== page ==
Back on topic, I found that the cat’s paw worked in most of the tests that I put it through. It was the most reliable and effective and I could control my opponents, even under extreme duress. So now I had an answer, I COULD control my opponents. But could I, say, set up a sweep? What about submissions? Ahhh, more questions. Back to the top of the endless loop!


4 years later, I was still tinkering with my lasso guard. As of this writing, that was 13 years ago and I’m still finding new things about the position!


Section 1, Review and a Few Thoughts


Here’s a quick rundown on the process of improving a technique:


  1. Ask a simple question - This can be about almost any aspect of any step of any technique. The important part is to keep it simple.

  2. Research the question - Get as much information as possible on the subject. Your resources are almost limitless

  3. Test - Test thoroughly with the “Ladder”. I’ve found that multiple iterations of going up and down the Ladder helped me find my answer more quickly. Get the answer to your question. It may not be what you wanted or expected or it could align perfectly with your question.

  4. Analyze your results - You have your answers. Do they align with your question? Maybe. Do they generate more questions? Probably. Back to the top!


There you have it. My current methodology for improving my BJJ in a nutshell. I can’t really take credit for it as the scientific community would have a cow. There are other learning methodologies that I use as well. Different recall methods and focused learning techniques that help me to incorporate new techniques and concepts into my game. More on those in later sections!


Section 2 - Getting Good, Not Necessarily Fast, But in a Shorter Time Than You Think


This section probably applies more to experienced BJJ players but I think that everyone can glean some pearls of wisdom.


I’m going to start this section with two fairly controversial ideas:


  1. You don’t need to know a lot of techniques to be effective at BJJ, but you should be REALLY good at what you do know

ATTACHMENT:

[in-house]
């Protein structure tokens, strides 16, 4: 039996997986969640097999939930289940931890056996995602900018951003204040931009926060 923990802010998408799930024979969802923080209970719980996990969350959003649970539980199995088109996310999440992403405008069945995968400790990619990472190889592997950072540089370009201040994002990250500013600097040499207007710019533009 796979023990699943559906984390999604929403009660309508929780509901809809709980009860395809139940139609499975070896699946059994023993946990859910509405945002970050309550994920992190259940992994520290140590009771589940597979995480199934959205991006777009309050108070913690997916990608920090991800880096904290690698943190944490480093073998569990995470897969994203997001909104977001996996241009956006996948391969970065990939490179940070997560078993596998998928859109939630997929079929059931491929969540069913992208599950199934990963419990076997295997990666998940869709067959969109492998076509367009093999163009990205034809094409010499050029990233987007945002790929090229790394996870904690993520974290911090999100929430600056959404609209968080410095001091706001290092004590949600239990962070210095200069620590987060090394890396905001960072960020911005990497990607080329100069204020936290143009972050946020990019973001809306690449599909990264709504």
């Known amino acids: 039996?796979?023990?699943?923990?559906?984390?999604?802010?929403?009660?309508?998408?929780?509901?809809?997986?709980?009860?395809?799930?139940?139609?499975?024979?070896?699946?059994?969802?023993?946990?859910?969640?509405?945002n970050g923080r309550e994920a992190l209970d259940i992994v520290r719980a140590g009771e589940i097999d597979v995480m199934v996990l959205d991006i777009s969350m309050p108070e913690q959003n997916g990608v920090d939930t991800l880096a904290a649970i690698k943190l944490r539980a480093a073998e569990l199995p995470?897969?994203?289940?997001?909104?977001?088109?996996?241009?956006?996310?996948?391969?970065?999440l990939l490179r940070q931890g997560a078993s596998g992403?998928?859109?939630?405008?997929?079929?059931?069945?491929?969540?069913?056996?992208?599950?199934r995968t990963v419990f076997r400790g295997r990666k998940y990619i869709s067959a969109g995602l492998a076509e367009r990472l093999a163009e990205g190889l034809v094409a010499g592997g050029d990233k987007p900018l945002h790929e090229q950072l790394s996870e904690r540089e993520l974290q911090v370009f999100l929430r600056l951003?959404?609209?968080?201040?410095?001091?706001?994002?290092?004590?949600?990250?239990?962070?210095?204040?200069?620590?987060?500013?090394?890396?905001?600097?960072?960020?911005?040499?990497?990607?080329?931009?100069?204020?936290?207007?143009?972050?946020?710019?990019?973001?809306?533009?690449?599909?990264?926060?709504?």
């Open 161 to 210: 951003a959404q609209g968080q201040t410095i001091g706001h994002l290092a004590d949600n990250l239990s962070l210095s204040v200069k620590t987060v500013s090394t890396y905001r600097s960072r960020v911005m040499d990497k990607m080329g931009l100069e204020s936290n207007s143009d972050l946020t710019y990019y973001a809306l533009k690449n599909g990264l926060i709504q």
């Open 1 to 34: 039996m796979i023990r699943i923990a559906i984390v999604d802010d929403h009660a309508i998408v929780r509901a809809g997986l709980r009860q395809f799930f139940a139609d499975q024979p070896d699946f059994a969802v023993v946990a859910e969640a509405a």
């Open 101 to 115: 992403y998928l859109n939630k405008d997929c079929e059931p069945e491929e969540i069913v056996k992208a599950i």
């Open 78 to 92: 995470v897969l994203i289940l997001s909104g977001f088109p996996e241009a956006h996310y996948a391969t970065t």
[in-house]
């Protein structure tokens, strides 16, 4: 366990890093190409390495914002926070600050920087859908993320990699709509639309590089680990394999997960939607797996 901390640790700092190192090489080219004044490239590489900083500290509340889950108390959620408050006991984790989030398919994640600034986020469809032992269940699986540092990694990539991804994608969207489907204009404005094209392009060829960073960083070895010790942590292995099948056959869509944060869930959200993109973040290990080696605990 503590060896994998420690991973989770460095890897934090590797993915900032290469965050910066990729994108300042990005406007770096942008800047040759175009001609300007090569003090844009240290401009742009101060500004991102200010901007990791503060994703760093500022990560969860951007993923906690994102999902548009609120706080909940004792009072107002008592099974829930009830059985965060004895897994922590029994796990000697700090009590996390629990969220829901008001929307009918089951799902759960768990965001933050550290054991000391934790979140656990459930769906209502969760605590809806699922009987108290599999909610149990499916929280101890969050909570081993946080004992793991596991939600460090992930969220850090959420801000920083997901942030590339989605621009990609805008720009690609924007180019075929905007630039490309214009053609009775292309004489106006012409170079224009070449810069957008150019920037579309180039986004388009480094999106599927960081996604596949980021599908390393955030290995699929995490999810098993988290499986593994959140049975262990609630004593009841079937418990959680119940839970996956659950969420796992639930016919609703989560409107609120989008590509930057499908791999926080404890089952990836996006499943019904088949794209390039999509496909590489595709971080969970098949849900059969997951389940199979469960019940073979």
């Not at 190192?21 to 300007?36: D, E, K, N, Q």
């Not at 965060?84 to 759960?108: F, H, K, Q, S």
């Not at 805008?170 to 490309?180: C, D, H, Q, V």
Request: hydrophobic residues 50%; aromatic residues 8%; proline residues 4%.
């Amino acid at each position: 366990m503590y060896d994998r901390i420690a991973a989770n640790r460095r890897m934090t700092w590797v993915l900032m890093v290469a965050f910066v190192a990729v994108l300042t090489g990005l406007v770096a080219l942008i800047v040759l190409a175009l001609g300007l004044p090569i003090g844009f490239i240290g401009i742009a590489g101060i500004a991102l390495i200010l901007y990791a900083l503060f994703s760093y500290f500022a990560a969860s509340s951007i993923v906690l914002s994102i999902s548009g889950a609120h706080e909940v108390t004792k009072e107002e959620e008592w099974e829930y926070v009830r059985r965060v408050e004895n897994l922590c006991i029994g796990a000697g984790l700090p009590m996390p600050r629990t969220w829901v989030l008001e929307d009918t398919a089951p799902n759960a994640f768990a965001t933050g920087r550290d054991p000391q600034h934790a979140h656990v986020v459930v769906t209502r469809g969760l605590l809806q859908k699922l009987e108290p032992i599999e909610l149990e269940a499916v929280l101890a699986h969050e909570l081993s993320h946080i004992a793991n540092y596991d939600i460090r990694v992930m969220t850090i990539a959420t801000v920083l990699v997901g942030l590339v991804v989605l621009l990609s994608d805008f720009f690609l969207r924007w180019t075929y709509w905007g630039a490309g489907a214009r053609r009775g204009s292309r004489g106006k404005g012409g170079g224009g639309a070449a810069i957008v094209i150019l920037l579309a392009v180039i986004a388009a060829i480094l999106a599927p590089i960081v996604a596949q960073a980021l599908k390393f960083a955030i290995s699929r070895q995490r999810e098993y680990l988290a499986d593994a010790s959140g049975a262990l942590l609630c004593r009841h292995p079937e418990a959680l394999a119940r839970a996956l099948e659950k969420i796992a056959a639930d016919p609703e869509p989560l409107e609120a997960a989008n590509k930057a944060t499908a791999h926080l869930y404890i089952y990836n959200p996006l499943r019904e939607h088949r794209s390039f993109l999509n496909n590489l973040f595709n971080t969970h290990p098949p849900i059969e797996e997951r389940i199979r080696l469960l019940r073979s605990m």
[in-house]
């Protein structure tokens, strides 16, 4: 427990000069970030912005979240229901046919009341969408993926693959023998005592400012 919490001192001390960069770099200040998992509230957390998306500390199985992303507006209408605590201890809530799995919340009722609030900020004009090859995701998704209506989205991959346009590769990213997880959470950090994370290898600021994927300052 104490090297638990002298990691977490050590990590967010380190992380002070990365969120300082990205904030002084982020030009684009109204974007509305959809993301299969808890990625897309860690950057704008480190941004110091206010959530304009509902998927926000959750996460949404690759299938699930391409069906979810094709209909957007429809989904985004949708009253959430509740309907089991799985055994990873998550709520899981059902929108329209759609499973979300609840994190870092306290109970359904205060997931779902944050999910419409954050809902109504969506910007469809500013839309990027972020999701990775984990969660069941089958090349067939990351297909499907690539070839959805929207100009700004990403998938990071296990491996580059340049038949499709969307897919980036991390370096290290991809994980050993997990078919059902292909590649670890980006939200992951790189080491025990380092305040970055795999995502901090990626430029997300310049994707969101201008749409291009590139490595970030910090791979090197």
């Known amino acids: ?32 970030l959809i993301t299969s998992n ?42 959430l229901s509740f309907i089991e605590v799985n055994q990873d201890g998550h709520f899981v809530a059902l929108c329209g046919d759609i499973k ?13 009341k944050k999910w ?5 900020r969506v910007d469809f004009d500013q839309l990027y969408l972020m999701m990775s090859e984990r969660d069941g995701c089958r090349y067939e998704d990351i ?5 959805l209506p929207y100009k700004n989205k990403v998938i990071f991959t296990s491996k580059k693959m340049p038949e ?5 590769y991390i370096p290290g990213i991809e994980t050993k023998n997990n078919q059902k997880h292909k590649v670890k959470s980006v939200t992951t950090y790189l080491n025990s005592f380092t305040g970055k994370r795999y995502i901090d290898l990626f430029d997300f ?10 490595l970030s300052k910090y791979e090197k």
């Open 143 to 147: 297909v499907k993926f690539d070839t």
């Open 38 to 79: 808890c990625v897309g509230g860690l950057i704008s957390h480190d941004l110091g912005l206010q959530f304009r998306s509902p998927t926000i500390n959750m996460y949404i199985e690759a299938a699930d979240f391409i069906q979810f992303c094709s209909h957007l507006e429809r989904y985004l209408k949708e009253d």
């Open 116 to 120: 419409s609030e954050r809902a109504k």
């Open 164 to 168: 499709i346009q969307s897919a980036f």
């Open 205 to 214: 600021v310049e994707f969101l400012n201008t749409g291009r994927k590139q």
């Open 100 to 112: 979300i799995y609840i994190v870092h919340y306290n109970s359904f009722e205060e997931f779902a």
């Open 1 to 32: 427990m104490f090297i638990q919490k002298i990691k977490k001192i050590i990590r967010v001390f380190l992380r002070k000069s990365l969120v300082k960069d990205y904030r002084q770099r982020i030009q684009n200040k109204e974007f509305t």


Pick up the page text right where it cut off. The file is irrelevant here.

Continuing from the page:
2. If you want to get good at BJJ, 80+% of your BJJ training should be spent on the Ladder, training specifically, and 20% or less should be spent rolling


A lot of my students have heard me give analogies about the breadth vs. depth of knowledge in BJJ. BJJ is a really, really big world, the borders of which aren’t always clearly defined. The collection of techniques and technical challenges that we pose for our training partners is almost limitless. So where to begin? And what’s this talk about only needing a few techniques? More on that later.


My second idea is probably the more controversial of the 2. I’ve seen the arguments. I’ve had the arguments. Rolling is the crux of BJJ. It’s the constant testing, the crucible that makes it the effective art that it is. To that I say, well, yes. And no. There are so many ways to test your skills other than a full roll and I’ll make the argument, more effectively, than a full roll. Again, I’ll expand on this.


Less Breadth, More Depth


Writers, engineers, builders, crafters, phd students. What do they all have in common? They understand that a foundation, a framework, is needed to support the work that’s to come. That’s the breadth part of BJJ. There are roughly 4 main positions, a couple of secondary positions and quite a few hybrid positions in BJJ. It could be argued that the guard is like 100+ positions, depending on how you define a position. Now multiply the number of known techniques (more are developed everyday) by the number of positions from which you can work said techniques and you can see why BJJ gets so mind-numbingly complex. And why I frown upon collecting techniques for the sake of just having more techniques. Mastering them all would take several lifetimes.


Now keep in mind, I want beginners to have a decent breadth of knowledge. A variety of reliable techniques that are fairly simple to learn and are lower on the attributes needs list. We call these techniques “fundamentals”. Now what constitutes a fundamental for one person may not be the same for the next, but I’d list the fundamental technique families in this order of importance for most beginners: